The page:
Q&A: Lens on Talent Season 3 Judge Korto Momolu chats exclusively with the accomplished fashion designer on her experience on Project Runway and returning to her home country of Liberia.

(Photo: Chelsea Lauren/Getty Images)

Korto Momolu went from an independent fashion designer to a household name following her appearance on the fifth season of Project Runway. Despite coming up just short in the season finale, Momolu used the national exposure to get her fashion career off the ground, partnering with Dillard’s on the launch of an exclusive signature handbag and accessories line.


Lens on Talent selected Momolu as one of its three judges to help evaluate the hundreds of fashion entries BET received. spoke to Momolu about why she passed on Project Runway All Stars and instead chose to return to her home country of Liberia as an accomplished fashion designer.


I came across an interview with you from 2008 where you said you were still mad after you were eliminated from Project Runway. Three years later, are you still mad?


No. It’s politics. In the moment when it happened, yeah, you’re upset. You go on the show to win, and when you don’t win, it’s like why? After the show I won fan favorite, so that let me know that the people loved my stuff. I’ve been busy ever since. Project Runway gave me an opening. It gave me a door that I could walk through. Win or lose, I still had to walk through that door and I’ve been running ever since, hustling and keeping my eye on the prize.


Is there a reason why you aren’t involved in Project Runway All Stars?


I said no. They asked me to do it and I don’t feel like they are going to ever give me the win — for whatever political reasons, they're not. I’m good with it. I’m not going to go on that show and keep trying to prove something because I have nothing to really prove to Project Runway. I’m grateful for the opportunity but I think I left that door open for another designer who needed the exposure and press time.


What did you take away from doing Project Runway?


It changed me as a designer. When you have to make something in four hours that you usually have four days to make, it makes you dig deep and makes you see things deep down that you didn’t even know you possessed. A lot of the things I did on the show, I’m like “Wow, how did I even do that?” It gives you a strong sense of foundation. If they don’t break you, you’re good. A lot of people left broken. They couldn’t get past the whole criticism and Heidi not liking them or Michael not liking them. Who cares? People are not going to like you. It’s what you believe in yourself. I think that showed me a lot about who I am and what I would put up with and not put up with. I think me and the whole reality competition thing, I’m good.


When did you know you wanted to become a designer?


Right when I was about 15. I was in high school and I was already making things for people. I would make things for myself and then other people wanted it. I had a really good mentor and an art teacher in high school and she really just molded me. I graduated at 16, so I was really young, and she just helped me figure out what path of artistry I wanted to get into it. It just happened to be fashion.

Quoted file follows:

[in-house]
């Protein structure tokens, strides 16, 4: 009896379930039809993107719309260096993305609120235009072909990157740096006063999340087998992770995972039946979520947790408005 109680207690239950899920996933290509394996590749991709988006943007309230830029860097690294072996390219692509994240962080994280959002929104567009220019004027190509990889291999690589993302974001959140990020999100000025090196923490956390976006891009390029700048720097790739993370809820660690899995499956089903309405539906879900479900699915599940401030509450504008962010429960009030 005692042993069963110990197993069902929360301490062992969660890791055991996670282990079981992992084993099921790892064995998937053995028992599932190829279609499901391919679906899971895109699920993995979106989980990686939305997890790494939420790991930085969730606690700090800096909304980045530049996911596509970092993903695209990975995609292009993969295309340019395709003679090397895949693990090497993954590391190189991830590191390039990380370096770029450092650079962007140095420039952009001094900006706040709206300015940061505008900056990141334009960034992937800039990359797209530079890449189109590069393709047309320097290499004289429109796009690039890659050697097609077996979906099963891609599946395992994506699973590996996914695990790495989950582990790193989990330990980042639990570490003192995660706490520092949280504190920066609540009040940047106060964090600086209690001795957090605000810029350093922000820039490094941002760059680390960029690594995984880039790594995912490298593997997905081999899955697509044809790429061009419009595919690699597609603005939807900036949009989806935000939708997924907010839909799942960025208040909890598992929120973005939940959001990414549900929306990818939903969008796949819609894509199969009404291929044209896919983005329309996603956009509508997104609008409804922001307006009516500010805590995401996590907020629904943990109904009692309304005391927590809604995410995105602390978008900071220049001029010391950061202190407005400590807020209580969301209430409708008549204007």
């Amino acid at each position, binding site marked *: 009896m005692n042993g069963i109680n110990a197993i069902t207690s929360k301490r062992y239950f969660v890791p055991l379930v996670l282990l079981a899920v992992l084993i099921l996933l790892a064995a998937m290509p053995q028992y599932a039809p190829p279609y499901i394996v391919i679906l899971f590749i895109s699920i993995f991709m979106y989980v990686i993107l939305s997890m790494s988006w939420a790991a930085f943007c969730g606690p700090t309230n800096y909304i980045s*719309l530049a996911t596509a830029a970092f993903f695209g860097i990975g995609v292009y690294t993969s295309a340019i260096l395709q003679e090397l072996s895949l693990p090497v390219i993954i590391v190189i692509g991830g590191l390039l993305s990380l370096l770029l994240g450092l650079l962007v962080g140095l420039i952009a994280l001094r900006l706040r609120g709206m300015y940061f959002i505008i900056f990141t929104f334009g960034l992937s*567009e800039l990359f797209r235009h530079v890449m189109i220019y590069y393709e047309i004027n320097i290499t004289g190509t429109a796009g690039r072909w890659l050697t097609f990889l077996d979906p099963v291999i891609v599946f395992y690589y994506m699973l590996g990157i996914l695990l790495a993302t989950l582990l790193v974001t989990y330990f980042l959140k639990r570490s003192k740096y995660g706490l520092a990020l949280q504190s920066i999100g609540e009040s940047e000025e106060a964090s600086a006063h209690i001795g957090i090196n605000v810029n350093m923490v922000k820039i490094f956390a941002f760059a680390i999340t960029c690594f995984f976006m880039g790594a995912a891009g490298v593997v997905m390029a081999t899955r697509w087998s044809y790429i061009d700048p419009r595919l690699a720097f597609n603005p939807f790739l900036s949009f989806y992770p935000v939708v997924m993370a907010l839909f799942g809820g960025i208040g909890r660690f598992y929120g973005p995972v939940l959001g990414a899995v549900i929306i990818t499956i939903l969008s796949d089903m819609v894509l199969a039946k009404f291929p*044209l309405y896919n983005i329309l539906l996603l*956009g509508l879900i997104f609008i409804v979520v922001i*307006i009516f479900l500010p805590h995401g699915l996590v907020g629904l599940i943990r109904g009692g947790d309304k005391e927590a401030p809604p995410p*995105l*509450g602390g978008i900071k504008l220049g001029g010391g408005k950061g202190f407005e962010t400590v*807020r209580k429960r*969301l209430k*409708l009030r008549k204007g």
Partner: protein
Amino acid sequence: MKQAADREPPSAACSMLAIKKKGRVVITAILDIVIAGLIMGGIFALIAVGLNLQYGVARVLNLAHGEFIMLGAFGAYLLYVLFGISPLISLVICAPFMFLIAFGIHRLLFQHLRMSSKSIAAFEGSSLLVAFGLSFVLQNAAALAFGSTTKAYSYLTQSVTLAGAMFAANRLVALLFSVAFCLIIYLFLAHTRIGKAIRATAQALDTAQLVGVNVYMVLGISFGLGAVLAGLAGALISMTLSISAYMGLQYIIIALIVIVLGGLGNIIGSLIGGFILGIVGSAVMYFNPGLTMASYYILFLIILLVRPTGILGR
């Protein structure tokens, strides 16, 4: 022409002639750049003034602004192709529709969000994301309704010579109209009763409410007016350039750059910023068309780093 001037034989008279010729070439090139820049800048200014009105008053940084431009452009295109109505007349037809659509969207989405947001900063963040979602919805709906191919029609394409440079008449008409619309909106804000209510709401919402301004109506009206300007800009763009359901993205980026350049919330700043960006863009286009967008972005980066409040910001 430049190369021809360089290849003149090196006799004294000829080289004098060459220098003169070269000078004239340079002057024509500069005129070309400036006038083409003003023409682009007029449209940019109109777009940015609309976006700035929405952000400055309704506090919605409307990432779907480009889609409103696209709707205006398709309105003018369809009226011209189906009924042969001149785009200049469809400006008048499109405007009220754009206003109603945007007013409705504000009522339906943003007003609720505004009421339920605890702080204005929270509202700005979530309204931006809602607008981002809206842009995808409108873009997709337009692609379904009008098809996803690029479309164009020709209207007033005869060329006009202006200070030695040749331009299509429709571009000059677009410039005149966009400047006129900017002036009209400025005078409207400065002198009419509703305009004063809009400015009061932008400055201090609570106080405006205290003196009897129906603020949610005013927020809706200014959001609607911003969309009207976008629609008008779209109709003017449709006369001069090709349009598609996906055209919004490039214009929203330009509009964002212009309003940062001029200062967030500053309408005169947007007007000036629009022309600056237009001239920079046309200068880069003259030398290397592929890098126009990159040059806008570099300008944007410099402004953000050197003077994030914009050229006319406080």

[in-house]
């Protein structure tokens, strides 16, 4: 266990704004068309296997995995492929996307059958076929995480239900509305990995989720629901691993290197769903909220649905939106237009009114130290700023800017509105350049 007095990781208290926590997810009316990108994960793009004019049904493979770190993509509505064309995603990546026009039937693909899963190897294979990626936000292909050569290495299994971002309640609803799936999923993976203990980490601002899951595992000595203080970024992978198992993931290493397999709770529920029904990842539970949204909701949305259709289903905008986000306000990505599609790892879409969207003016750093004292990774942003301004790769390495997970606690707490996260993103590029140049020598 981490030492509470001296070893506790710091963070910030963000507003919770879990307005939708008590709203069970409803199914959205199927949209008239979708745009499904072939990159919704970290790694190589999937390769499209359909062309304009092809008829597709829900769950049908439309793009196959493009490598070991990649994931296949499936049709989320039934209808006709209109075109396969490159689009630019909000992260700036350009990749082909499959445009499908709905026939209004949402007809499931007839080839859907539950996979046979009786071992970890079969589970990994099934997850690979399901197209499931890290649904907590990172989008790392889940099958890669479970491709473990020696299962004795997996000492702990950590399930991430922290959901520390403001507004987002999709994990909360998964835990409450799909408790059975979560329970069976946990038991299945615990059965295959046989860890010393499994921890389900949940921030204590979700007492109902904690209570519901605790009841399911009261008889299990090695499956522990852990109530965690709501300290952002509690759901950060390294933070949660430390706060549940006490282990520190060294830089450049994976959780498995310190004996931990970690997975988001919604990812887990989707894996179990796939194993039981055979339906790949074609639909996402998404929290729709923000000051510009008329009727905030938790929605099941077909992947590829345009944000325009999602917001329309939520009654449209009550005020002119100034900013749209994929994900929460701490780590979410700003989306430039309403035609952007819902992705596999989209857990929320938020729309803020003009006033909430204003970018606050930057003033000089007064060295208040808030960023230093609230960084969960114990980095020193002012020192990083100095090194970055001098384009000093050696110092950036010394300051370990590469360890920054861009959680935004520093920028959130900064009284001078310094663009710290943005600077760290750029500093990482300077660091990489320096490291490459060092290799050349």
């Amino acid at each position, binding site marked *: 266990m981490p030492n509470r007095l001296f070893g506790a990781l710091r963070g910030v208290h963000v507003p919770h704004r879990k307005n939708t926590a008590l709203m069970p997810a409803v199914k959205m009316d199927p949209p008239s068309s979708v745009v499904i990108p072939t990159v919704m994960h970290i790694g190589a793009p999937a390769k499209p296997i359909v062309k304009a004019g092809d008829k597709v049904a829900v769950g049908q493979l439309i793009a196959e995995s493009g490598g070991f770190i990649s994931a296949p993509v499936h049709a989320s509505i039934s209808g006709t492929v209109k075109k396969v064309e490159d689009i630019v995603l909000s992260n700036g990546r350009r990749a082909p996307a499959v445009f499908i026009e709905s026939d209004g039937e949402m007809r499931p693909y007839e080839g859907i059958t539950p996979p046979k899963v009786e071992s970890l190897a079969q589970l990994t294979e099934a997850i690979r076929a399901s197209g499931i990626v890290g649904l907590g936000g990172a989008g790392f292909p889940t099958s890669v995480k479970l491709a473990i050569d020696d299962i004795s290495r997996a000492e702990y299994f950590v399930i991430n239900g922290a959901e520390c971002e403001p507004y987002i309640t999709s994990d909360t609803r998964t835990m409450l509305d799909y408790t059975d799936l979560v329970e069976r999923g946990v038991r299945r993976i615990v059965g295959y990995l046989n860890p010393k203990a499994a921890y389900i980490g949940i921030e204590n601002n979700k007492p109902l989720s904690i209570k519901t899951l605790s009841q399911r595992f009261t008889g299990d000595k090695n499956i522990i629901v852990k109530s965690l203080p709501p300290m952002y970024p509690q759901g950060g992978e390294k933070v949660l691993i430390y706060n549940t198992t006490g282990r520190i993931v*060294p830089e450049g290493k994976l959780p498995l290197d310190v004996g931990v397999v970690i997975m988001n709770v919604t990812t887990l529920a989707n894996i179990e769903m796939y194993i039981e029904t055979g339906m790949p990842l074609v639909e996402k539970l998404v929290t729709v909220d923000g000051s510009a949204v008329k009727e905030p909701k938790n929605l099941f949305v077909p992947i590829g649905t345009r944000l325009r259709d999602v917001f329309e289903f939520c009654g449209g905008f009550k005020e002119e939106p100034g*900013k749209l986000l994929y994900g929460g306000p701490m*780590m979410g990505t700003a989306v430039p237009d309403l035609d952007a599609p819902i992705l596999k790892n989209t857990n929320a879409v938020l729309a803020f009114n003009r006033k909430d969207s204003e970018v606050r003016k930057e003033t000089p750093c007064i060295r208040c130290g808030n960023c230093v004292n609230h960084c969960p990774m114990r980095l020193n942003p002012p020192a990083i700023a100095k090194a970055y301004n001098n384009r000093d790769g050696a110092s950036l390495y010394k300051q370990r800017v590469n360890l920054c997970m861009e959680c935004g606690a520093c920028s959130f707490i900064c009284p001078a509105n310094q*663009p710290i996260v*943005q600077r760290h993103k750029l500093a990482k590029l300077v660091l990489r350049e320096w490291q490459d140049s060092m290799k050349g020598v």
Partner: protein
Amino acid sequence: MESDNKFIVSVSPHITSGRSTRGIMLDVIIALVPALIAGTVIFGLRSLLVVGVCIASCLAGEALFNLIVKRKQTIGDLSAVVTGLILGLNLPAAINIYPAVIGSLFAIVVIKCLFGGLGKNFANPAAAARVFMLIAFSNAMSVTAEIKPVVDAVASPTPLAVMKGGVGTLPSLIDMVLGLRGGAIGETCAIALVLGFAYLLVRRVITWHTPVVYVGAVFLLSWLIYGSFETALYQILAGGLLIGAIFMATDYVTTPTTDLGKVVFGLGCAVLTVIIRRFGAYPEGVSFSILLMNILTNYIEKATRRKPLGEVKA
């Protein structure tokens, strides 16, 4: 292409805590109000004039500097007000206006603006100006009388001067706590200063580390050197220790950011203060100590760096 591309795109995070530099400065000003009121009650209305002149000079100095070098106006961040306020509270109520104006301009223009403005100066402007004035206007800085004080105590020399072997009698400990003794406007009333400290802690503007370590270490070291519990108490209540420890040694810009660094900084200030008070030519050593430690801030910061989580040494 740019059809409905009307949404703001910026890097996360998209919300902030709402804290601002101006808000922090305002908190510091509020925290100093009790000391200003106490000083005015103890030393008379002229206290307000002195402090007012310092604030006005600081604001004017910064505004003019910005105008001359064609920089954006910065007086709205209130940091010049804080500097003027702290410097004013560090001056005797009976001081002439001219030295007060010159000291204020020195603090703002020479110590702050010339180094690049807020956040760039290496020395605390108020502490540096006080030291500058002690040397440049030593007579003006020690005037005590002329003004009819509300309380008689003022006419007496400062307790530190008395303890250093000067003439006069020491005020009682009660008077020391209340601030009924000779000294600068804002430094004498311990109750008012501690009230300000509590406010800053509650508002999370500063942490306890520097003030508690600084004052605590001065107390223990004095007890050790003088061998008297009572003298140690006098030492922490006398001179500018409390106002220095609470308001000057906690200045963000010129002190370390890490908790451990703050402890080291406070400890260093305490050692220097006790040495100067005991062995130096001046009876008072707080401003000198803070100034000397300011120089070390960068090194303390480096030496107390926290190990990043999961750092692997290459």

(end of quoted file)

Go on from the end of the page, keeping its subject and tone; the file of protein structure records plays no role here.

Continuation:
What was it like returning home to your home country of Liberia and showcasing your work?


It was amazing. I haven’t been home in 23 years. We’re in exile, so to go back home without being worried about being put in jail because of my family’s affiliation with the government … it was good. And to be able to go back as a designer and show my work and show my aunts, uncles and cousins that I haven’t seen in so long what I had grown up to be. It was a proud moment. It was my dad’s first fashion shown he had ever seen of mine. I think he got it, because he was always against sending me to design school and paying money to send me to do art. I think that was the moment where he really got it. It was good.


Has living in Little Rock set back your career any or is it a benefit to you?


I think it’s a benefit. I can breathe in Little Rock. It’s not New York. New York has a trillion designers, all on top of each other all day. Where I live in Little Rock, there’s an airport and planes. As long as there’s airport and planes, I’m good. My family is there. My daughter is the main focus of my life. Having her have some kind of stability means more to me than living in New York. I know a lot of designers after the show that moved to New York that are regretting it. It’s expensive and it’s not really family friendly to me.


What advice do you have for aspiring fashion designers?


You have to know who you are. If you don’t know who you are, it’s easy for three judges to tell you who you are and need to be. When you know who you are and what you stand for, nobody can come in and change that. You have to believe it. If you don’t believe what you’re selling, nobody is going to believe that either. If you’re just selling hype, and you finally get into stores, hype doesn’t sell clothes. It has to be real. Know who you are as a designer and as a person. Those two things together can never be broken by anybody.

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